There is something odd about waiting to be deemed “credible” by some faceless, nameless tech bro who you have never met, but that’s exactly how Twitter’s verification process works. You watch, you wait, you wonder. And in the end, some get lucky and some don’t.
But if you happen to be Latino? Forget about it. Your odds of getting lucky are about as good as Stephen Miller on prom night. In fact, you probably have a better shot at Donald Trump giving you the presidential medal of freedom as a Latino than receiving the much coveted blue check mark from Twitter.
Don’t get me wrong. I’m not suggesting Twitter is secretly conspiring to keep Latinos from getting verified. I don’t think it’s that complicated. I do, however, think the cultural biases of Twitter’s homogeneous workforce have been programmed into the standards and algorithms that govern an otherwise diverse user base. And therein lies the problem.
I don’t have access to Twitter’s internal numbers, but the list of notable Latinos who have yet to receive a blue checkmark feels disproportionate when compared to non-Latinos working in similar industries. It includes everyone from syndicated cartoonist Lalo Alcaraz, to bestselling author Luis J. Rodriguez, to entrepreneur Patty Rodriguez.
Of course, there are a handful of verified Latinos who I didn’t mention, but it’s not nearly enough. The broader point is many of the people who I did mention are more than just run-of-the-mill “journalists” or “writers.” In many cases, they are the mainstream voices of the Latino community. They are the sole Latinos at the top of their respective fields and industries.
How can Twitter not verify them?
The potential ramifications are larger than you might think. Denying Latinos at the top of their respective fields an opportunity to be verified not only runs the risk of hurting their credibility, but giving the false perception to outsiders that no credible Latinos exist.
Take me. I have personally written for at least a dozen national newspapers and magazines, appeared on TV and radio, and even received a national prize from Writer’s Digest. By not verifying me, is Twitter implying I have no credibility at all? Not even a little bit?
My critics would probably agree with this implication (and by “critics” I mean that one guy in Georgia that always emails me). But this isn’t about me. I don’t care if I’m verified or not. Nor do I need the blessing of some mysterious Twitter employee to feel validated. I do, however, think that equal treatment is important. Particularly when I know people who have been verified for a lot less.
Twitter’s lack of clarity hasn’t helped. Twitter is anything but consistent on who they verify, how they verify, when they verify, and why. Even their own official verification page is almost two years out of date. Yet we know Twitter continues to verify people behind the scenes.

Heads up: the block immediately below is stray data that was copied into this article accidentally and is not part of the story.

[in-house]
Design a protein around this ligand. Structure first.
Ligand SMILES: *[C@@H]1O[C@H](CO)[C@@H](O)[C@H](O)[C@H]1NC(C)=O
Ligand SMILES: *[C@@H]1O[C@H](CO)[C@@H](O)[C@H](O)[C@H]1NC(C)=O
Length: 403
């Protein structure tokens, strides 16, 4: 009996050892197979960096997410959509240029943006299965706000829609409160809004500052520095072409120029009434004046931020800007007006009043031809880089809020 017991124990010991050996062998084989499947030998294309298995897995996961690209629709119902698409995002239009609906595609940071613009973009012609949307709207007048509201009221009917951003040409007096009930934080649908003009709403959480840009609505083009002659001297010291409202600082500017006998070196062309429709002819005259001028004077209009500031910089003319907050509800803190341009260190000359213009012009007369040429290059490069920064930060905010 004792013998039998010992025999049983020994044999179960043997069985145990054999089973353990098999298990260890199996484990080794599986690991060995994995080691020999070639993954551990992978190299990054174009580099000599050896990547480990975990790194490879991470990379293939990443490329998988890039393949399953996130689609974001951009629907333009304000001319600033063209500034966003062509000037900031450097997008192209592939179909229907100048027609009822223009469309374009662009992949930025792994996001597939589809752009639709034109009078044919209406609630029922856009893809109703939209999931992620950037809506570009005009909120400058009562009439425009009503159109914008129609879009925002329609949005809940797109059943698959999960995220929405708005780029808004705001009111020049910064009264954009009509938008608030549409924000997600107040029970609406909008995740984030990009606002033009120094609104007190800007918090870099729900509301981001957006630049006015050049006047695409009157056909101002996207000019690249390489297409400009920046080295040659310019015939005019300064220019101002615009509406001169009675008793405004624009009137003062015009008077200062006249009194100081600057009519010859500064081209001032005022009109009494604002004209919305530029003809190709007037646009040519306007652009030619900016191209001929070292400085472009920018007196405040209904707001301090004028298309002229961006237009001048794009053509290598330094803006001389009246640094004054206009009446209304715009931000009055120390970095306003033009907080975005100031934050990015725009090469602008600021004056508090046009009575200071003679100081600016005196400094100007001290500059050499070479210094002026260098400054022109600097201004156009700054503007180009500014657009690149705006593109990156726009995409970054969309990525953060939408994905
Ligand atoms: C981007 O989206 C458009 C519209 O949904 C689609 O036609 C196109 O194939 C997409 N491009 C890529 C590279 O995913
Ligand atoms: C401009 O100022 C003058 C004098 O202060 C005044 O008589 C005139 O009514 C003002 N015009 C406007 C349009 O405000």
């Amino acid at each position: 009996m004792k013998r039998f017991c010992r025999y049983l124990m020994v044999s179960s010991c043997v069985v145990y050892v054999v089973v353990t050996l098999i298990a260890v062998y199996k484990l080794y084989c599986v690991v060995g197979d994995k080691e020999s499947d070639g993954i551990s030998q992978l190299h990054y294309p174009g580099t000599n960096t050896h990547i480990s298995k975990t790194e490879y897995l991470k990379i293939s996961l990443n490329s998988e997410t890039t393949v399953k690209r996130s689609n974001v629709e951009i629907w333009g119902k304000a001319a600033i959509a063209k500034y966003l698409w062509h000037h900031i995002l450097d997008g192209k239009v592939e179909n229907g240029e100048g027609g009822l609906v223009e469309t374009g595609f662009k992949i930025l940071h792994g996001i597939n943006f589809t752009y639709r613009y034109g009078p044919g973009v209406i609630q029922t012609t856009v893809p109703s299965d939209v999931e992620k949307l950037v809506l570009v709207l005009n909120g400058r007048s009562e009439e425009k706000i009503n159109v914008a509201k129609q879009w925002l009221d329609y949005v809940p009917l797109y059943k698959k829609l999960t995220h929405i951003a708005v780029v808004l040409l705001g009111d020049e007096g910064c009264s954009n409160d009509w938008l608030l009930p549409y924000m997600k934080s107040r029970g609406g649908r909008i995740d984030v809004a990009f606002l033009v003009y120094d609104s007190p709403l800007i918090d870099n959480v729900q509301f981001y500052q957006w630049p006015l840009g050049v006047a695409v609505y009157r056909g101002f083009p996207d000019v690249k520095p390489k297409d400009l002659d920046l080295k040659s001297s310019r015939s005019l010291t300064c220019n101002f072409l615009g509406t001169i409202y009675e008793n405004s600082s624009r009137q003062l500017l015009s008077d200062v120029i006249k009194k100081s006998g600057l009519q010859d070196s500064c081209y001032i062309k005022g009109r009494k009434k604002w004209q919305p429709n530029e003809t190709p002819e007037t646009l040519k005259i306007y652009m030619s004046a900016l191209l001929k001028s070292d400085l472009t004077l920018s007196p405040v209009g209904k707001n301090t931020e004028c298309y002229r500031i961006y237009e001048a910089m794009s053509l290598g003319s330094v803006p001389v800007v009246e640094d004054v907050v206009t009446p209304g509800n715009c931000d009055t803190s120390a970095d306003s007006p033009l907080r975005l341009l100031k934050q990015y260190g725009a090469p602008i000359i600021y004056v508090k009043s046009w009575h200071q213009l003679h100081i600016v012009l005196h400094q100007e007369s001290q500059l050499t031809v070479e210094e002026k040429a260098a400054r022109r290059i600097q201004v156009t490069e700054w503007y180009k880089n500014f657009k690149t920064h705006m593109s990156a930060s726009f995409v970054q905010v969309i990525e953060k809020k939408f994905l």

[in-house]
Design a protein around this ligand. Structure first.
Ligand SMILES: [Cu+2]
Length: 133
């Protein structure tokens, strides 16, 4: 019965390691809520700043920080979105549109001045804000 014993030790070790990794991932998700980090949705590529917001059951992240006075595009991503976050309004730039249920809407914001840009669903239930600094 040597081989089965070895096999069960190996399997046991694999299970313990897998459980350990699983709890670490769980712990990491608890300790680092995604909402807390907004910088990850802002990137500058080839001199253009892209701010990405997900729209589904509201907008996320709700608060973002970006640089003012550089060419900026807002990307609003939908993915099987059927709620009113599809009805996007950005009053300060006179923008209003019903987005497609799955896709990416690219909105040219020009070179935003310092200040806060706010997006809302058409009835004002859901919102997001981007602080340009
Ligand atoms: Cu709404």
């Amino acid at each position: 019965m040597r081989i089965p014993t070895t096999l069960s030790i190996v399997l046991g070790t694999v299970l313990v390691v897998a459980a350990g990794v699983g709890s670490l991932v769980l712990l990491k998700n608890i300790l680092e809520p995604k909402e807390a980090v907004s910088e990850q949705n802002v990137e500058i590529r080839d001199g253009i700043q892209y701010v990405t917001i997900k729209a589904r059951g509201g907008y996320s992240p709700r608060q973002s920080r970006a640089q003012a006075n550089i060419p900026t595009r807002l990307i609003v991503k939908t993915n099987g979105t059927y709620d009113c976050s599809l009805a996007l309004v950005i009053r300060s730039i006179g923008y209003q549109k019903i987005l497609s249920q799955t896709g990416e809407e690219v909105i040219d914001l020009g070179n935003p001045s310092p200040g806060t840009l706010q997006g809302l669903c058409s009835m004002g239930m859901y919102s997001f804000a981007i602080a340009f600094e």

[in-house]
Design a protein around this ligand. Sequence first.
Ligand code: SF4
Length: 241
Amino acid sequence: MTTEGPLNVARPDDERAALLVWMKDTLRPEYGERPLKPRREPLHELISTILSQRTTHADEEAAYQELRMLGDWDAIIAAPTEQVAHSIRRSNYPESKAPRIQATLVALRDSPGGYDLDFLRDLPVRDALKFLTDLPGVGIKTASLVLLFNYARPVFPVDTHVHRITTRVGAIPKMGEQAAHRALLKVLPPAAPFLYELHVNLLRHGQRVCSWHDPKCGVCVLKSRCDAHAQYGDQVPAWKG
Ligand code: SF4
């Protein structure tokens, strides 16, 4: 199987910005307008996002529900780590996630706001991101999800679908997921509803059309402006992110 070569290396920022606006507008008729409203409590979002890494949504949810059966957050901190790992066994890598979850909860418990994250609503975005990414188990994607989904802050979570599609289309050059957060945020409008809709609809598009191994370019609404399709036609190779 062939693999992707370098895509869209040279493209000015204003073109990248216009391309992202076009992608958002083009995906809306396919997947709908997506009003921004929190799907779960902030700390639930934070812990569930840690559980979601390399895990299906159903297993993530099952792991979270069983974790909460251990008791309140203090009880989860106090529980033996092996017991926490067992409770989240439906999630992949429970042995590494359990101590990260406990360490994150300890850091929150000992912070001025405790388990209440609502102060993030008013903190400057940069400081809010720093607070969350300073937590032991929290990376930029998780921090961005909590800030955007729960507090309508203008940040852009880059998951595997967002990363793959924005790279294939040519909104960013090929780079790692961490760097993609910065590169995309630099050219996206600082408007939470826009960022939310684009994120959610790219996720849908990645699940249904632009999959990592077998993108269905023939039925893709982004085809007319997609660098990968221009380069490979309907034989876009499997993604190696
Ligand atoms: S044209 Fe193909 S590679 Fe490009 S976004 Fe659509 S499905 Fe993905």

So what exactly is Twitter’s standard? The answer you get, depends on who you ask.
Some have suggested it’s prominence. But if this is the case, then why aren’t Latinos who are prominent in the Latino community treated as equals to non-Latinos who are prominent in non-Latino communities?
Others have suggested it’s influence. But this feels wrong too. Besides, the title “influencer” is thrown around awfully loosely these days. I haven’t heard of half the “influencers” I see online, let alone been influenced by them.
Twitter’s verification process isn’t really this subjective, clumsy, and broken, is it?
If so, it would explain a lot. For example, why a publication like Breitbart News is verified. After all, no credible verification process would place Breitbart News in the same category as NPR. Yet that’s exactly what Twitter has done.
In light of such a convoluted process, a piece of me wonders why we even need a verification process at all. At best, Twitter has merely erected yet another artificial barrier for Latinos to overcome (as if they didn’t have enough to overcome already). At worst, it has created a digital class system, in which Latinos once again find themselves on the margins.
In addition, it suggests people are too stupid to figure out who to trust on their own. Or reversely, it suggests people are stupid enough to place all their trust and faith in a blue checkmark (both scenarios are believable).
It’s a strange place to be in. I’m not particularly fond of tech companies or hierarchies to begin with. But in either case, we’re here now, and a blue checkmark does exist. As a result, I think Latinos have a unique responsibility to demand equal treatment—or risk getting left behind in an ever-changing age.